CMG’s Series Featuring some of the top Black Educators in the Midwest that have been inducted into the Wichita Black Educators Hall of Fame. Dr Rankin takes the lead in the college’s effort to attract men of color to teaching A faculty member is making it easier for future generations of men of color to become teachers by supporting a scholarship designed to encourage them to enter the field of education.
Charles Rankin, the professor, supported the scholarship fund for scholars in Call Me MISTER, an acronym for Mentors Instructing Students Toward Effective Role Models. The College of Education adopted the program in 2015 as a concerted effort to attract men of color – the most urgently needed demographic in the profession.
Rankin served as director of the Midwest Equity Assistance Center housed in the College of Education for nearly 40 years and his story was one of five profiled in the college’s documentary “A Long Road: 50 Years of Experience for Five African American K-State Alumni.” His passion for education and social justice can be traced to a poignant truism he heard countless times growing up.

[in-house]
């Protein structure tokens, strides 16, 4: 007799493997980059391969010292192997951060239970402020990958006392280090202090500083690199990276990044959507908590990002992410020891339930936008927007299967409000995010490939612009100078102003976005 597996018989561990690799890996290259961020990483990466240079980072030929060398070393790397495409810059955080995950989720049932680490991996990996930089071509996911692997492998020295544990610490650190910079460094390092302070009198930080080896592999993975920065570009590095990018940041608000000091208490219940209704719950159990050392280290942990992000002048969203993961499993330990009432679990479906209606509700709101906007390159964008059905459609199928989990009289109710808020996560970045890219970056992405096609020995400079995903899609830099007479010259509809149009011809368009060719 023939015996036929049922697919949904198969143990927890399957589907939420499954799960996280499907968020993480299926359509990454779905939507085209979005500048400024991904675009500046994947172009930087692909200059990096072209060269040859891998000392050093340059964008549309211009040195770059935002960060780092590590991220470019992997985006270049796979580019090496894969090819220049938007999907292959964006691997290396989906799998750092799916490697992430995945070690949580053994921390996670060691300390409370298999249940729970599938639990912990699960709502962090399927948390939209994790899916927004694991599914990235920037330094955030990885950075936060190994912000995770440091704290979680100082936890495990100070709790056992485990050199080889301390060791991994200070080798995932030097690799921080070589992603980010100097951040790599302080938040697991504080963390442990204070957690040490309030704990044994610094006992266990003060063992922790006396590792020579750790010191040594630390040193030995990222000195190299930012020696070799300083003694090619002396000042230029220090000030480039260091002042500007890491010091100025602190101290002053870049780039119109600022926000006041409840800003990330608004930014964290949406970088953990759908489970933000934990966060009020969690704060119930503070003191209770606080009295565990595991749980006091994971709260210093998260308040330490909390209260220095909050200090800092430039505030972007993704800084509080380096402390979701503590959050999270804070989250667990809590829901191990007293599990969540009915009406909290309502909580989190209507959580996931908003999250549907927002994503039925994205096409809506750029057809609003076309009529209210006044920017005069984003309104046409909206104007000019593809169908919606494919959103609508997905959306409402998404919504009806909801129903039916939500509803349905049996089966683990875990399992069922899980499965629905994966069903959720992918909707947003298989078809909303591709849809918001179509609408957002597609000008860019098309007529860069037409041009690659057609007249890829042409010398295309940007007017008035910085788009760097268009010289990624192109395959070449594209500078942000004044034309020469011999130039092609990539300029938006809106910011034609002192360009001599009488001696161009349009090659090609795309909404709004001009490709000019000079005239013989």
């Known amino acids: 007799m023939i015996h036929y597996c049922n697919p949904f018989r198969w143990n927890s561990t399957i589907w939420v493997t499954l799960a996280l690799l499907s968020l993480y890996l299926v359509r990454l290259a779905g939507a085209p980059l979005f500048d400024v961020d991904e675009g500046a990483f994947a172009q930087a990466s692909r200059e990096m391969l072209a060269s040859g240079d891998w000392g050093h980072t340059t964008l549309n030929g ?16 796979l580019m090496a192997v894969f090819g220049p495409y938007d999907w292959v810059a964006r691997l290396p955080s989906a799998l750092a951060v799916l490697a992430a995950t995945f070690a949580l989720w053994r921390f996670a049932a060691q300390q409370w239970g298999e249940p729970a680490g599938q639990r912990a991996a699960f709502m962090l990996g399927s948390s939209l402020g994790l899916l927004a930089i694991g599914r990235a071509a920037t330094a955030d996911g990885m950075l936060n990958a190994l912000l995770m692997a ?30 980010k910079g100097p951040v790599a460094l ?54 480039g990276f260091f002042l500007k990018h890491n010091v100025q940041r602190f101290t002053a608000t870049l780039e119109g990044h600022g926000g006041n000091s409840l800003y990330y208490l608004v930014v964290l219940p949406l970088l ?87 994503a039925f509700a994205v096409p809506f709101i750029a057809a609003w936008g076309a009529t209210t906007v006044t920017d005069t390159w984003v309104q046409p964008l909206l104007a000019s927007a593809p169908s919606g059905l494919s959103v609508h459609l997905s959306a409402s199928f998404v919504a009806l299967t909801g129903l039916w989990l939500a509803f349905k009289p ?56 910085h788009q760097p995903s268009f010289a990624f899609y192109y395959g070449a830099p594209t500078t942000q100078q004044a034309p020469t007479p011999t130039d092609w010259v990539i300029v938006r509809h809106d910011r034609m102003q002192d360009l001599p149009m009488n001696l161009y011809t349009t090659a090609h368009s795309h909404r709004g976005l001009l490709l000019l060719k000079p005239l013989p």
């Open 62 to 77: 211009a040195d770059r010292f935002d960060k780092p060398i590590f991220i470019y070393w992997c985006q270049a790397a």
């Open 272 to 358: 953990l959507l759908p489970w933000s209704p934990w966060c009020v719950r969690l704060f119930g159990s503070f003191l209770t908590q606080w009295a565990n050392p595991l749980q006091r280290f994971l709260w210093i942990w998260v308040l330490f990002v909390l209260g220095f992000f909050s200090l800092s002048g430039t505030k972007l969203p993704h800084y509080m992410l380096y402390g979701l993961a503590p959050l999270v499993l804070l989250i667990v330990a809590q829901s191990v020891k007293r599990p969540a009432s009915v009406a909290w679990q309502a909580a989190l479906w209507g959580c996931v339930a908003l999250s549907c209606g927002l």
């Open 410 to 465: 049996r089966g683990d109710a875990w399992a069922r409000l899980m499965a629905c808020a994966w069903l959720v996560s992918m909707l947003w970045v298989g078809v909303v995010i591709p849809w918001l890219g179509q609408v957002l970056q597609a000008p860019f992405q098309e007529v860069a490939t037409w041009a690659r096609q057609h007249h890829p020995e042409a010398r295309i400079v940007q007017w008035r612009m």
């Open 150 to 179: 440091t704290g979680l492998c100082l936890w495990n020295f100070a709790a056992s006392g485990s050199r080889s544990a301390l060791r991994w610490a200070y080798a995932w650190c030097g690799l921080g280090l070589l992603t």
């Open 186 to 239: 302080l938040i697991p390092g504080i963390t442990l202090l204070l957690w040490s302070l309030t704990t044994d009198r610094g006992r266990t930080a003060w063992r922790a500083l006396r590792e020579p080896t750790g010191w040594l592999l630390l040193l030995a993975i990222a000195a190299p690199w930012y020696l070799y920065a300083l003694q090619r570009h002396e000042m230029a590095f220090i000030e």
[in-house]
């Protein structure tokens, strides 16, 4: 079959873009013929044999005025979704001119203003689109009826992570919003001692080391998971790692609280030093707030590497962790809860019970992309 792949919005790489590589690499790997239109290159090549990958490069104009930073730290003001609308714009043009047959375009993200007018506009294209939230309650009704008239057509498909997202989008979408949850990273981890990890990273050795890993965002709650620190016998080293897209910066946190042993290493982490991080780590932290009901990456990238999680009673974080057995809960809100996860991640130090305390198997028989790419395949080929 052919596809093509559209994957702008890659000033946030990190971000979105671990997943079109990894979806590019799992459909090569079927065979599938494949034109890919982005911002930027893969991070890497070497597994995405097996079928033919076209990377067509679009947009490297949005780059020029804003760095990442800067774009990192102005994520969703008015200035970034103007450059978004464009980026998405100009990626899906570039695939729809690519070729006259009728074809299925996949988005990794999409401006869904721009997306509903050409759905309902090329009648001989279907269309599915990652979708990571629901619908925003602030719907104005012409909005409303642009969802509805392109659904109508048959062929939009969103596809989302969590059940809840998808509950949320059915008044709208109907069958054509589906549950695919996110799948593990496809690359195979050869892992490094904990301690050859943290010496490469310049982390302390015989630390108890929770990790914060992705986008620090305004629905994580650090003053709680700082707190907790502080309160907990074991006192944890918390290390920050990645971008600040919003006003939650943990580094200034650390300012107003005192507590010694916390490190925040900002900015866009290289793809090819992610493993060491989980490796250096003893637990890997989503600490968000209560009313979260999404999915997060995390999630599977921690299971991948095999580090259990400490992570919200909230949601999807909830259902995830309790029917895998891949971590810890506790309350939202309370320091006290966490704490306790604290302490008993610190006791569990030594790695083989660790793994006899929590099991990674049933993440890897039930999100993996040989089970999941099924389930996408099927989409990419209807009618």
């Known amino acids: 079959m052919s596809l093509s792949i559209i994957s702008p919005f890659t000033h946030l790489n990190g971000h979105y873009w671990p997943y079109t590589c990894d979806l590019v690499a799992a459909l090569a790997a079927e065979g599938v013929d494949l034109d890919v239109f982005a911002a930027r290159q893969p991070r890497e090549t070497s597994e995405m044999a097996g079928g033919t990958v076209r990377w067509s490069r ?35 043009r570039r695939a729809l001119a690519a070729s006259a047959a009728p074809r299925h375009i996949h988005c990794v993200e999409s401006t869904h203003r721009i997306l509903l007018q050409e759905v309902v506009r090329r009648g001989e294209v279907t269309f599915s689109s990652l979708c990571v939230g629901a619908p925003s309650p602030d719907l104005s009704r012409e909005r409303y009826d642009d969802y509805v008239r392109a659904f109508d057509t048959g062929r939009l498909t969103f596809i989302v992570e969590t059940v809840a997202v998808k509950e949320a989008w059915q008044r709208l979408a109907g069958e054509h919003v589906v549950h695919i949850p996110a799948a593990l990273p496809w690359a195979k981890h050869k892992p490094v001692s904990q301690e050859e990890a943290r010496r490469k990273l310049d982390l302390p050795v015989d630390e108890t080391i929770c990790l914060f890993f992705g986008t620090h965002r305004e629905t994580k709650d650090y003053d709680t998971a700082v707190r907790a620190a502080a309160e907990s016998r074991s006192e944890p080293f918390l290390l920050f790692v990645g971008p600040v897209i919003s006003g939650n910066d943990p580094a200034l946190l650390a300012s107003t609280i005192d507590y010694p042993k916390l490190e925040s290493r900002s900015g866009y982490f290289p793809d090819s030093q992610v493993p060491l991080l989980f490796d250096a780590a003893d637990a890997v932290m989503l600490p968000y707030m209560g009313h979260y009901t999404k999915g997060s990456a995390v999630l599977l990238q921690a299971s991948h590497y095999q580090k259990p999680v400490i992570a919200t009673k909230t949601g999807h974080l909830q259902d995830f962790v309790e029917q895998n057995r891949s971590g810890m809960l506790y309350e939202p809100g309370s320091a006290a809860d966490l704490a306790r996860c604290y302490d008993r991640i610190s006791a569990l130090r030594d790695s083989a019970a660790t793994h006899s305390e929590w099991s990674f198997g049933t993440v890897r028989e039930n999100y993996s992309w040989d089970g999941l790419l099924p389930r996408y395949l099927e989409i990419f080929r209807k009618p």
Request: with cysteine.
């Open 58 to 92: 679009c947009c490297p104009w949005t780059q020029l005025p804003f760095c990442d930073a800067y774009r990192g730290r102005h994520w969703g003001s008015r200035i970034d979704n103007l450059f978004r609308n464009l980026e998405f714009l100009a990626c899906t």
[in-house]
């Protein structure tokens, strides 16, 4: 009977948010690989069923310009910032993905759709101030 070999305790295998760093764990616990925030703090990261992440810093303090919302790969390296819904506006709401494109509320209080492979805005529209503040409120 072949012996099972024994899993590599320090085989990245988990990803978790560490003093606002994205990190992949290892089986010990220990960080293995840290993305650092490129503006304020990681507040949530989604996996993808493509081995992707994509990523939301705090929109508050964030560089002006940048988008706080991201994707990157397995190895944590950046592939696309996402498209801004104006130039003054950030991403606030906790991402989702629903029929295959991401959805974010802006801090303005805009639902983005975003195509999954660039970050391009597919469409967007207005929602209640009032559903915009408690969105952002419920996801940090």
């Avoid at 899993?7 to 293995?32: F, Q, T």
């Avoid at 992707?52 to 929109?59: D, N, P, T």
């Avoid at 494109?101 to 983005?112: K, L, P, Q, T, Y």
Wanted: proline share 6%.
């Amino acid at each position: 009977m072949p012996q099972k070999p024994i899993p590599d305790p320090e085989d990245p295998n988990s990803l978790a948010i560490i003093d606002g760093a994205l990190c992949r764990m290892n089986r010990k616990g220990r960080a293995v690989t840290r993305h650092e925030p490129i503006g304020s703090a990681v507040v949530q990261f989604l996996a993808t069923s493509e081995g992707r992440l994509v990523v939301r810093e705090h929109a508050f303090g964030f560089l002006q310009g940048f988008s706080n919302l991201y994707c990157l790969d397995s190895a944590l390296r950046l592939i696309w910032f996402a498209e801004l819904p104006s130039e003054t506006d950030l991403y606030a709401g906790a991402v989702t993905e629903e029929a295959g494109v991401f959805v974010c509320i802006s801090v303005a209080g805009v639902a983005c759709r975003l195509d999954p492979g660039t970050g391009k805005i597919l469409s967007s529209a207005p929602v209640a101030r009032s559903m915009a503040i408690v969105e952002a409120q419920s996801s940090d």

“My mother used to say, ‘You can’t be one unless you see one,’” Rankin said, referencing the need for diverse role models in classrooms and in all professions. “At a point in time when we have more minority children in school we need to provide positive role models during the formative years – especially at the elementary level – when it really counts.”
Rankin spent his professional career bending the arc of social justice. With this scholarship, his work will continue for generations to come.
Posted in February 2018 Tagged Call Me MISTER, Charles Rankin
‘A Long Road’ documentary, lesson plans available on MEAC website
The College of Education has produced a new documentary that is also a tremendous resource for classrooms across the country as it includes lesson plans aligned with the common core curriculum.
“A Long Road: 150 Years of Collective Experience from Five African-American K-State Alumni,” tells the stories of these highly successful professionals who have had distinguished careers at K-State. They are Kathleen Greene, David L. Griffin, Sr., Juanita McGowan, Charles I. Rankin, and Veryl Switzer.
Tonnie Martinez, assistant professor of education, and former College of Education faculty member Albert Bimper developed the project.
“It was our team’s privilege to be selected for a Michael C. Tilford Faculty Incentive Grant,” Martinez said. “Viewer response affirms that our distinguished alumni have a relevant and inspirational message for all audiences.”
The documentary and lesson plans are free and can be found on the website of the Midwest Equity Assistance Center at www.meac.org.